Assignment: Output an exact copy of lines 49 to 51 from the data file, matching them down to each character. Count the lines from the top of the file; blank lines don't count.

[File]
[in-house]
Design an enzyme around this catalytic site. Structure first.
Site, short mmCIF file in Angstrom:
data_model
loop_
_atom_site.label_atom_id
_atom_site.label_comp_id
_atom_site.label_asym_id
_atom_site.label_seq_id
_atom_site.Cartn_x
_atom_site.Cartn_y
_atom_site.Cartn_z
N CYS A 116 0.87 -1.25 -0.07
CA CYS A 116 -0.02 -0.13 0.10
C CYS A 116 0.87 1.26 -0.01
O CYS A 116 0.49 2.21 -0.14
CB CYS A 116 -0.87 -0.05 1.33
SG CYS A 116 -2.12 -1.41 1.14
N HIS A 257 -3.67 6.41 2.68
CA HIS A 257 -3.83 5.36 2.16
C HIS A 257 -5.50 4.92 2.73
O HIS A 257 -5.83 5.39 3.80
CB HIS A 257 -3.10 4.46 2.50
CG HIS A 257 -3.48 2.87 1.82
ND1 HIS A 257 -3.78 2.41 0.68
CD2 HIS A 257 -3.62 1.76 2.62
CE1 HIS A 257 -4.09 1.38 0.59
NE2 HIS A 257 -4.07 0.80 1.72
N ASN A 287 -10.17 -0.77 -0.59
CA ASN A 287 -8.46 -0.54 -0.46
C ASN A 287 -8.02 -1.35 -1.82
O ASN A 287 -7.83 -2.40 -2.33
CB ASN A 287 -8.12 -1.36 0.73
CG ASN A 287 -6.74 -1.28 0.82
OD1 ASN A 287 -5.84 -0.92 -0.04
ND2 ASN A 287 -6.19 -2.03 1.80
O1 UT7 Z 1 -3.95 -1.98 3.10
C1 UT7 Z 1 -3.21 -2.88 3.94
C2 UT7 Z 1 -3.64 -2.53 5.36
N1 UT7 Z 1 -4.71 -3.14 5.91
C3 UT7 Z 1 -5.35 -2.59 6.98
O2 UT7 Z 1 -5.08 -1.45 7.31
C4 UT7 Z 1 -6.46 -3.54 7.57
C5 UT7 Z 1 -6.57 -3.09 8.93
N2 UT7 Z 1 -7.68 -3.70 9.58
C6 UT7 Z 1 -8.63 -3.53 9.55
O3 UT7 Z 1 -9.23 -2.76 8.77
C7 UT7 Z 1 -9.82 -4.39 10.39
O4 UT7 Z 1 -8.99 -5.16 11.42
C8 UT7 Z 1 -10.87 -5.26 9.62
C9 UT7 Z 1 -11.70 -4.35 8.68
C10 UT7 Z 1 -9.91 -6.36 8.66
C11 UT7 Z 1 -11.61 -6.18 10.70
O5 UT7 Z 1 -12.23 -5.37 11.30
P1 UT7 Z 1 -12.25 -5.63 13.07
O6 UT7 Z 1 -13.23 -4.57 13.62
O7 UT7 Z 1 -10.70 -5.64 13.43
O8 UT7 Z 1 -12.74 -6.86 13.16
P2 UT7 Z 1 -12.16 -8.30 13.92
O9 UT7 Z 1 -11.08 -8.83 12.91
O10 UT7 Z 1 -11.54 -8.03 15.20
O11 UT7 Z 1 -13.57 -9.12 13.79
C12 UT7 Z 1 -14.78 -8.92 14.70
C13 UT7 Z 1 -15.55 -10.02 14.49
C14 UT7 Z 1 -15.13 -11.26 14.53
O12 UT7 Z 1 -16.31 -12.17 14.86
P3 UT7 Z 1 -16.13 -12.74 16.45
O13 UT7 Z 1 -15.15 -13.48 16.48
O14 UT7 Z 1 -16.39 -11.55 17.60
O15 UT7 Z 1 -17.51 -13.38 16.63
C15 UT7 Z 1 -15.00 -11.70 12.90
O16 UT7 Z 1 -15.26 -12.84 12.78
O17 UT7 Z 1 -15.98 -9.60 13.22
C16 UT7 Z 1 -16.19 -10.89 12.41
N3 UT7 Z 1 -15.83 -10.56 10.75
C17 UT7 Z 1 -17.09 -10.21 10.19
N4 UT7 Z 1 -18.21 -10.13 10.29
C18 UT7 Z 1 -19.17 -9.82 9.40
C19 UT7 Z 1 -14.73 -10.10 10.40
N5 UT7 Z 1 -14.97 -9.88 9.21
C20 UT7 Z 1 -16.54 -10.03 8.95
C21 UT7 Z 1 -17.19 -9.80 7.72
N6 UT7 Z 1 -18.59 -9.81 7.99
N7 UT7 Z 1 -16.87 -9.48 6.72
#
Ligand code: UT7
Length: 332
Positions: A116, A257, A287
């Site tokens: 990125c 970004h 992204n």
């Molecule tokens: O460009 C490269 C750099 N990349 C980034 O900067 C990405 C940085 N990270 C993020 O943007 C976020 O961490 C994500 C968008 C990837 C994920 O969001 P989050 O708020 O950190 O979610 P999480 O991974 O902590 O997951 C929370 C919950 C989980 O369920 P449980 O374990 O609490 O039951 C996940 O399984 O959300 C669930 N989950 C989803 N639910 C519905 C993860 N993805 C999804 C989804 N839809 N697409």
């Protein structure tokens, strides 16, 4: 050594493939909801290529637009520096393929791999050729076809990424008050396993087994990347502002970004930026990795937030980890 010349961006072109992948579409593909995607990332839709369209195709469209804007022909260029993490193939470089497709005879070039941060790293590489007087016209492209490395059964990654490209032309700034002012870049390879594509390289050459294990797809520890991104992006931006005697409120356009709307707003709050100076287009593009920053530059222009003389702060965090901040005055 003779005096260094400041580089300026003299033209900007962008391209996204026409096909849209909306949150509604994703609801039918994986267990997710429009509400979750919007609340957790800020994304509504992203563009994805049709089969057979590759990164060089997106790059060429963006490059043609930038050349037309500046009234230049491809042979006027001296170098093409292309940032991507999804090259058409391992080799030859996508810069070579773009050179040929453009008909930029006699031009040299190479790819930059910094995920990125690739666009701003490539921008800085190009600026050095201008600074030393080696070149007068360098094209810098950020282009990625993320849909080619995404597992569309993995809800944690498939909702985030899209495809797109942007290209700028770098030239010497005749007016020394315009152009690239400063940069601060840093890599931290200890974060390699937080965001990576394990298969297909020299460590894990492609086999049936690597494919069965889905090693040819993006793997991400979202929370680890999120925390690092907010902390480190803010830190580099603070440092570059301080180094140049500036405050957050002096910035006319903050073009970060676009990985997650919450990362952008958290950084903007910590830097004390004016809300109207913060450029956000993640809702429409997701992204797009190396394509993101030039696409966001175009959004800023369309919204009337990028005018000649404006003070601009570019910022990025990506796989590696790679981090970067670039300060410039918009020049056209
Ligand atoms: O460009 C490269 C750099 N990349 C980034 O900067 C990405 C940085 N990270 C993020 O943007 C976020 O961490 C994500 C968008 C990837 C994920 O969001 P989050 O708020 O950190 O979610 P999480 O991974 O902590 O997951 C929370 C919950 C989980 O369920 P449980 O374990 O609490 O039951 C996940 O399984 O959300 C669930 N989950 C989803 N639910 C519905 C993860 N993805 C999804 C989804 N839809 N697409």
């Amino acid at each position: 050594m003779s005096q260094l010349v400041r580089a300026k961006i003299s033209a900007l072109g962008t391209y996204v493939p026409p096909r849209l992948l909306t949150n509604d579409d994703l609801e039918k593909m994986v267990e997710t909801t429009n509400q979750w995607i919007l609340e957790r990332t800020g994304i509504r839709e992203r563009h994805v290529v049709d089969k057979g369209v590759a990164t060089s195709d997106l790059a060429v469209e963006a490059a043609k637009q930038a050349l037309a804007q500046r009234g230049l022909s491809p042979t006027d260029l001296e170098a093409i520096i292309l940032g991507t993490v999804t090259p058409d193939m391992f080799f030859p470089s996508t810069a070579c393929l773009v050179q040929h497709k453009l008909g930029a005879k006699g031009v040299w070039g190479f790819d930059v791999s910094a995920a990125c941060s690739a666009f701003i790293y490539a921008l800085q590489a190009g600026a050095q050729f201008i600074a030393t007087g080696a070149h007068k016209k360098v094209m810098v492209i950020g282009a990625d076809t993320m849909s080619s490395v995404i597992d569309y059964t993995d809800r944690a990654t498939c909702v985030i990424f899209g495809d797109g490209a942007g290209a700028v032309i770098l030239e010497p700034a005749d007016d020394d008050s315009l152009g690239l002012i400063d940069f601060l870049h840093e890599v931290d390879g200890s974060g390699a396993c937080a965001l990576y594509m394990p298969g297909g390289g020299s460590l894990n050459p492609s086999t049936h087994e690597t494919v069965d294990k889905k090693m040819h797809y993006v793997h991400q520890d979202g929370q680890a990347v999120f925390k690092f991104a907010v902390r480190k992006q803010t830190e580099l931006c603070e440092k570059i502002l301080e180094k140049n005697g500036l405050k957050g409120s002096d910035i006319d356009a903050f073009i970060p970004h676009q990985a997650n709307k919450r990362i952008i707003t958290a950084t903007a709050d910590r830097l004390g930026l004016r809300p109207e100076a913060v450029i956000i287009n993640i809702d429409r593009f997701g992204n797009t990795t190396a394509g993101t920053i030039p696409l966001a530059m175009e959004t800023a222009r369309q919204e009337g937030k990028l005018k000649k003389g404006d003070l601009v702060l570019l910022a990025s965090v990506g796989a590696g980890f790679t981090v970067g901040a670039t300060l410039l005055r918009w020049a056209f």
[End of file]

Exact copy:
O4 UT7 Z 1 -8.99 -5.16 11.42
C8 UT7 Z 1 -10.87 -5.26 9.62
C9 UT7 Z 1 -11.70 -4.35 8.68